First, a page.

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Nicaraguan Canal? Really!

Saroar Hossain

Nicaraguan Canal? Really!

This is a stunning example of Fossil Fuel Age thinking!

For nearly 100 years the Panama Canal has been the way for anyone who wanted to sail from the Atlantic to the Pacific without making the long voyage around Cape Horn. More than a million ships, from bulk carriers to cruise liners to nuclear submarines, have passed through its locks, taking advantage of the world’s most famous shortcut.

Panama’s canal may soon face stiff competition as last June (2013) Nicaragua’s National Assembly overwhelmingly approved a plan to grant a Chinese company, the Hong Kong–based HKND Group, exclusive rights to build a canal spanning the country.

The planned canal would be about 175 miles long, three times the length of Panama’s, with locks big enough for even colossal new container ships. Up to a quarter of a mile long, these behemoths can carry more than 18,000 shipping containers. Big enough to deliver a million flat-screen TVs or 148 million pairs of running shoes from factories in the Far East to markets in the West. That’s a lot of non local Stuff!

And oh yeah, the canal project approved by the Nicaraguan legislature also includes two deepwater ports, two free-trade shipping zones, an international airport, an oil pipeline, and a railway. Now that’s some Fossil Fuel Age thinking!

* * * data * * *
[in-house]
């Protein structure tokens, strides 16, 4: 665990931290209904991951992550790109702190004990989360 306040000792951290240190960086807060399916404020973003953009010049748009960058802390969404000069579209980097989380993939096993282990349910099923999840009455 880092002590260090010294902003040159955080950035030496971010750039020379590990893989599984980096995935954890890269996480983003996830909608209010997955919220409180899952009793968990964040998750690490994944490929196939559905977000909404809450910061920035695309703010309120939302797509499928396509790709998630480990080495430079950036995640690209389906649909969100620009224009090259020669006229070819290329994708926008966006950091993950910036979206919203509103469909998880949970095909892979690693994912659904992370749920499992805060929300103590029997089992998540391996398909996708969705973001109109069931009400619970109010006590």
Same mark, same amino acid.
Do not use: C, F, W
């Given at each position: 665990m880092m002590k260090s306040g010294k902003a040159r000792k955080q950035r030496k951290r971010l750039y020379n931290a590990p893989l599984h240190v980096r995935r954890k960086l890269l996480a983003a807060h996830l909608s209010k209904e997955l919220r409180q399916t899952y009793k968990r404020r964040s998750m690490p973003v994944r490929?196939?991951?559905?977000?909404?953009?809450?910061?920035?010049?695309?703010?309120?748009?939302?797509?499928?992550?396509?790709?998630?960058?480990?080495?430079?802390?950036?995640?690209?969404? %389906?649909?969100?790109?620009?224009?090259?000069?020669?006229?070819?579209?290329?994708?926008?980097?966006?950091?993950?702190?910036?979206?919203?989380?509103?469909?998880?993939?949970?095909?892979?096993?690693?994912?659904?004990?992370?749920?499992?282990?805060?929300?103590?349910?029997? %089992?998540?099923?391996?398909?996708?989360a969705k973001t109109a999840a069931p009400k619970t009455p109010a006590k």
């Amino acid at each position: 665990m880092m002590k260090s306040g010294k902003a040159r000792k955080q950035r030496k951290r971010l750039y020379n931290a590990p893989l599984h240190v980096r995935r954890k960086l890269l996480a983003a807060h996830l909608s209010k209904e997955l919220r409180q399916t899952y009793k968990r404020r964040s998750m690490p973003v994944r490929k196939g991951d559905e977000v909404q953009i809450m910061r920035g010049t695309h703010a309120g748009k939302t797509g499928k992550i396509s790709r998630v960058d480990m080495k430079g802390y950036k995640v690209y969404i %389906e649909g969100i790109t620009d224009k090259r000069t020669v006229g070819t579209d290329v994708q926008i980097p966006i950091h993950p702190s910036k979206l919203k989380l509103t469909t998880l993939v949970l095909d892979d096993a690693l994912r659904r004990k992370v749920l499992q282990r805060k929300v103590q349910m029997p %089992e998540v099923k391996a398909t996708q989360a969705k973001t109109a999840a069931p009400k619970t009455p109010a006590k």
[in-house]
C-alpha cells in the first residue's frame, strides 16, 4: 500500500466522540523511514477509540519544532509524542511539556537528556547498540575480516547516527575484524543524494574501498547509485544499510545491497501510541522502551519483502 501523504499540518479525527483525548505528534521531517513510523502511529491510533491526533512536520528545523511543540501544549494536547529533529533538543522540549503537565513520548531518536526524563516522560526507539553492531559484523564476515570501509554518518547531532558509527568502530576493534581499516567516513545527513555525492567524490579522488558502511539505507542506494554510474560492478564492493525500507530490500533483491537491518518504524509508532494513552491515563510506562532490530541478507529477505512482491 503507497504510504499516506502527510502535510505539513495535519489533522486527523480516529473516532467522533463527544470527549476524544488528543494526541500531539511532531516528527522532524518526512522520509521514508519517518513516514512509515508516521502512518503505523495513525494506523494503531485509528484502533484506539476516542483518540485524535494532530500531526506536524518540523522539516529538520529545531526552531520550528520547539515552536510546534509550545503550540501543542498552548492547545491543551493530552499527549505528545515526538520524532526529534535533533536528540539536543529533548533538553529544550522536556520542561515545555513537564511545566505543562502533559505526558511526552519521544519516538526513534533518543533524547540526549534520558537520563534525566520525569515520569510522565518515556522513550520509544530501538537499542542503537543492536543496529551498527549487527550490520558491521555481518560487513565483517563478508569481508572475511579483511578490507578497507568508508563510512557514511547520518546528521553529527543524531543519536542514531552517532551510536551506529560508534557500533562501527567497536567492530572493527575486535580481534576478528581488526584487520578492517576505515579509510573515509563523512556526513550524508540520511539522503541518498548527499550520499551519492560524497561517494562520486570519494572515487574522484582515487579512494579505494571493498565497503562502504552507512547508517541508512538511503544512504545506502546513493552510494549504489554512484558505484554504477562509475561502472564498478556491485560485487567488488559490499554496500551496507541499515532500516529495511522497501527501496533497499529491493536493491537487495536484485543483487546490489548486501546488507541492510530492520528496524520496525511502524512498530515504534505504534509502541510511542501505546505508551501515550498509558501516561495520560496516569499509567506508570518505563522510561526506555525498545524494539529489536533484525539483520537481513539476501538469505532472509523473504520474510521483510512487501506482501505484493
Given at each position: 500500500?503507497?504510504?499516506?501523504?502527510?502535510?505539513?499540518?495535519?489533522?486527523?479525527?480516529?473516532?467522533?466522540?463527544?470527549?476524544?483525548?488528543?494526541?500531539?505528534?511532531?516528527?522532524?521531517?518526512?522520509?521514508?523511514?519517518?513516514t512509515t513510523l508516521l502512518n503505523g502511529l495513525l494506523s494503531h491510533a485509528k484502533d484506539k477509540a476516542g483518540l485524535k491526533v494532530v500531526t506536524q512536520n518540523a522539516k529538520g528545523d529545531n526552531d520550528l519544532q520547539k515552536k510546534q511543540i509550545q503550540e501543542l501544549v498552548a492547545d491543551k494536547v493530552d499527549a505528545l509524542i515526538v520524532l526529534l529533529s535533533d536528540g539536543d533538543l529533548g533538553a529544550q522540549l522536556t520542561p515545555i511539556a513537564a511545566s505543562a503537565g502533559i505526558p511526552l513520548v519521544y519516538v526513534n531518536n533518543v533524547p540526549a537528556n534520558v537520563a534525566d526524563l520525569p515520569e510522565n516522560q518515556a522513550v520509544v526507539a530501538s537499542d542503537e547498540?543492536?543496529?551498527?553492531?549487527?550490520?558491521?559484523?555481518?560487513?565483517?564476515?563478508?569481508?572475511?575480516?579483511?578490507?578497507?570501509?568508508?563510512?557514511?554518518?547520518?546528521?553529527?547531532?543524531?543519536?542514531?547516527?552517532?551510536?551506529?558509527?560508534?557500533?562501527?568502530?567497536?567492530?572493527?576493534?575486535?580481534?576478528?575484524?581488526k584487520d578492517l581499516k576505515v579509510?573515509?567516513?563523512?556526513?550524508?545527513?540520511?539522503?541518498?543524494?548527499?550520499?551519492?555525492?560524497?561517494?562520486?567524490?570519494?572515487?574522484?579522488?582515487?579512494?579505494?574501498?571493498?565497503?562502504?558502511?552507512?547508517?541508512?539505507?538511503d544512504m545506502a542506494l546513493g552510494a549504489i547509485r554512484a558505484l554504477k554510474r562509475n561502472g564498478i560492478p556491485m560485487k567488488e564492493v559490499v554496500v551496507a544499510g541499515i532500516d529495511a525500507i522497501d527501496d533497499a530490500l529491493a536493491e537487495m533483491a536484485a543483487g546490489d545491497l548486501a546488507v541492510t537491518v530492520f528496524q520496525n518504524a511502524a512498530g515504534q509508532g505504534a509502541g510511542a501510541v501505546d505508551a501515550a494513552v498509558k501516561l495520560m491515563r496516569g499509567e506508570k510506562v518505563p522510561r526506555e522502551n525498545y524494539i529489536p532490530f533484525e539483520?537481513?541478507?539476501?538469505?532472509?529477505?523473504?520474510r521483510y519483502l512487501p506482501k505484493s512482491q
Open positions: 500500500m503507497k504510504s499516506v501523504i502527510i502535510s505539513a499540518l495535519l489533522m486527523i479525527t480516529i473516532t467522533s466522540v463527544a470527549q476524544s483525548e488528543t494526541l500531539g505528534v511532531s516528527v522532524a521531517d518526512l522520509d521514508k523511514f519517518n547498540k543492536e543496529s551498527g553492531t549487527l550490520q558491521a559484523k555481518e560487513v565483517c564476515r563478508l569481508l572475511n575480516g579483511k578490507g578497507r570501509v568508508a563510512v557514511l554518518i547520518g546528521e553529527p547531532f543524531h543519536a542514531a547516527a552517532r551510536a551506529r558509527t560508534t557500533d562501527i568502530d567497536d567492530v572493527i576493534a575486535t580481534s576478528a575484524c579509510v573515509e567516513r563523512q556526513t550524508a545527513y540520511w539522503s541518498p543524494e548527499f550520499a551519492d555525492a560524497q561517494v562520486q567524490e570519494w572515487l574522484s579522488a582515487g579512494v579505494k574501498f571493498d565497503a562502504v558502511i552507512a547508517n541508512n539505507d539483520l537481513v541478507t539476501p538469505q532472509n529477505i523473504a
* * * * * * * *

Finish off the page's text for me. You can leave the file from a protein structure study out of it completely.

Of course a canal through Nicaragua would be an environmental disaster, interms of the amount of greenhouse gas it would generates but it would also destroying more than a million acres of rain forest. It would jeopardize Lake Nicaragua, Central America’s largest source of fresh water. Finally lets not negagete the social impact of this canal as it disrupts the lives of the indigenous Nicaraguan people. It will surely deliver few, if any, of the promised benefits to ordinary Nicaraguans.

The cherry on top is that the Panama Canal has gigantic new locks scheduled to be operational next year and is more than capable of meeting future demand. Lets not also foget that thanks to global warming (yeah?) ships will likely be able to traverse an ice-free Arctic by the middle of the century.

Personally I doubt this will ever really be built. Then again…




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